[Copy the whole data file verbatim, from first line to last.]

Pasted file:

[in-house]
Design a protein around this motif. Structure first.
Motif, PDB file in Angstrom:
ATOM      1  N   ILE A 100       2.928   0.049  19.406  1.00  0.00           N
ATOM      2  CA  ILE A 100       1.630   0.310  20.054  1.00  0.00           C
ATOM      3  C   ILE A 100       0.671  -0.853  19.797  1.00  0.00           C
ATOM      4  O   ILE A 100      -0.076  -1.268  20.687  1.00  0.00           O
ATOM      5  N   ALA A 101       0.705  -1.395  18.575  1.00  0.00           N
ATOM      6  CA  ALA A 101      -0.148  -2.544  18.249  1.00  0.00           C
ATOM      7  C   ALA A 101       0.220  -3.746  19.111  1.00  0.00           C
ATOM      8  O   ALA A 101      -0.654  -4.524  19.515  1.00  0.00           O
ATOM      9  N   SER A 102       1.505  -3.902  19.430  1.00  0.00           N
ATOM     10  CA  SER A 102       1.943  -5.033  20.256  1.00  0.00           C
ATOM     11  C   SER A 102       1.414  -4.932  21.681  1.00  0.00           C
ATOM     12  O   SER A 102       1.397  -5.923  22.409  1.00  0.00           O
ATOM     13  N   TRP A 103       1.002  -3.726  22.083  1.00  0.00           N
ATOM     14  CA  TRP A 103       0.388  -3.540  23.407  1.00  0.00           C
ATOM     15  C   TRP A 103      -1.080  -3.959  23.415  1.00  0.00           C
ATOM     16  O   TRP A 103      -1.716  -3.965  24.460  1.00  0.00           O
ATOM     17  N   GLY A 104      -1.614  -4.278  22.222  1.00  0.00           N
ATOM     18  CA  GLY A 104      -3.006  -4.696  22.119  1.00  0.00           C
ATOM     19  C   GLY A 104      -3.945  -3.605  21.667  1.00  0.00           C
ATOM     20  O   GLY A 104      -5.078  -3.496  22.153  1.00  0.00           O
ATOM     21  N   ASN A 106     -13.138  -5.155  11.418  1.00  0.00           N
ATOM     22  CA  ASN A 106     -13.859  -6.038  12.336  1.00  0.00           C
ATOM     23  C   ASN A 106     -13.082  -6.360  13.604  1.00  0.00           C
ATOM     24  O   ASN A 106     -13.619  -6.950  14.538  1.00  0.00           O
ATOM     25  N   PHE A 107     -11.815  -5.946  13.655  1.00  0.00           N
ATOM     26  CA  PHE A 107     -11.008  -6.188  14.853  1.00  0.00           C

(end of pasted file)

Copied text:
[in-house]
Design a protein around this motif. Structure first.
Motif, PDB file in Angstrom:
ATOM      1  N   ILE A 100       2.928   0.049  19.406  1.00  0.00           N
ATOM      2  CA  ILE A 100       1.630   0.310  20.054  1.00  0.00           C
ATOM      3  C   ILE A 100       0.671  -0.853  19.797  1.00  0.00           C
ATOM      4  O   ILE A 100      -0.076  -1.268  20.687  1.00  0.00           O
ATOM      5  N   ALA A 101       0.705  -1.395  18.575  1.00  0.00           N
ATOM      6  CA  ALA A 101      -0.148  -2.544  18.249  1.00  0.00           C
ATOM      7  C   ALA A 101       0.220  -3.746  19.111  1.00  0.00           C
ATOM      8  O   ALA A 101      -0.654  -4.524  19.515  1.00  0.00           O
ATOM      9  N   SER A 102       1.505  -3.902  19.430  1.00  0.00           N
ATOM     10  CA  SER A 102       1.943  -5.033  20.256  1.00  0.00           C
ATOM     11  C   SER A 102       1.414  -4.932  21.681  1.00  0.00           C
ATOM     12  O   SER A 102       1.397  -5.923  22.409  1.00  0.00           O
ATOM     13  N   TRP A 103       1.002  -3.726  22.083  1.00  0.00           N
ATOM     14  CA  TRP A 103       0.388  -3.540  23.407  1.00  0.00           C
ATOM     15  C   TRP A 103      -1.080  -3.959  23.415  1.00  0.00           C
ATOM     16  O   TRP A 103      -1.716  -3.965  24.460  1.00  0.00           O
ATOM     17  N   GLY A 104      -1.614  -4.278  22.222  1.00  0.00           N
ATOM     18  CA  GLY A 104      -3.006  -4.696  22.119  1.00  0.00           C
ATOM     19  C   GLY A 104      -3.945  -3.605  21.667  1.00  0.00           C
ATOM     20  O   GLY A 104      -5.078  -3.496  22.153  1.00  0.00           O
ATOM     21  N   ASN A 106     -13.138  -5.155  11.418  1.00  0.00           N
ATOM     22  CA  ASN A 106     -13.859  -6.038  12.336  1.00  0.00           C
ATOM     23  C   ASN A 106     -13.082  -6.360  13.604  1.00  0.00           C
ATOM     24  O   ASN A 106     -13.619  -6.950  14.538  1.00  0.00           O
ATOM     25  N   PHE A 107     -11.815  -5.946  13.655  1.00  0.00           N
ATOM     26  CA  PHE A 107     -11.008  -6.188  14.853  1.00  0.00           C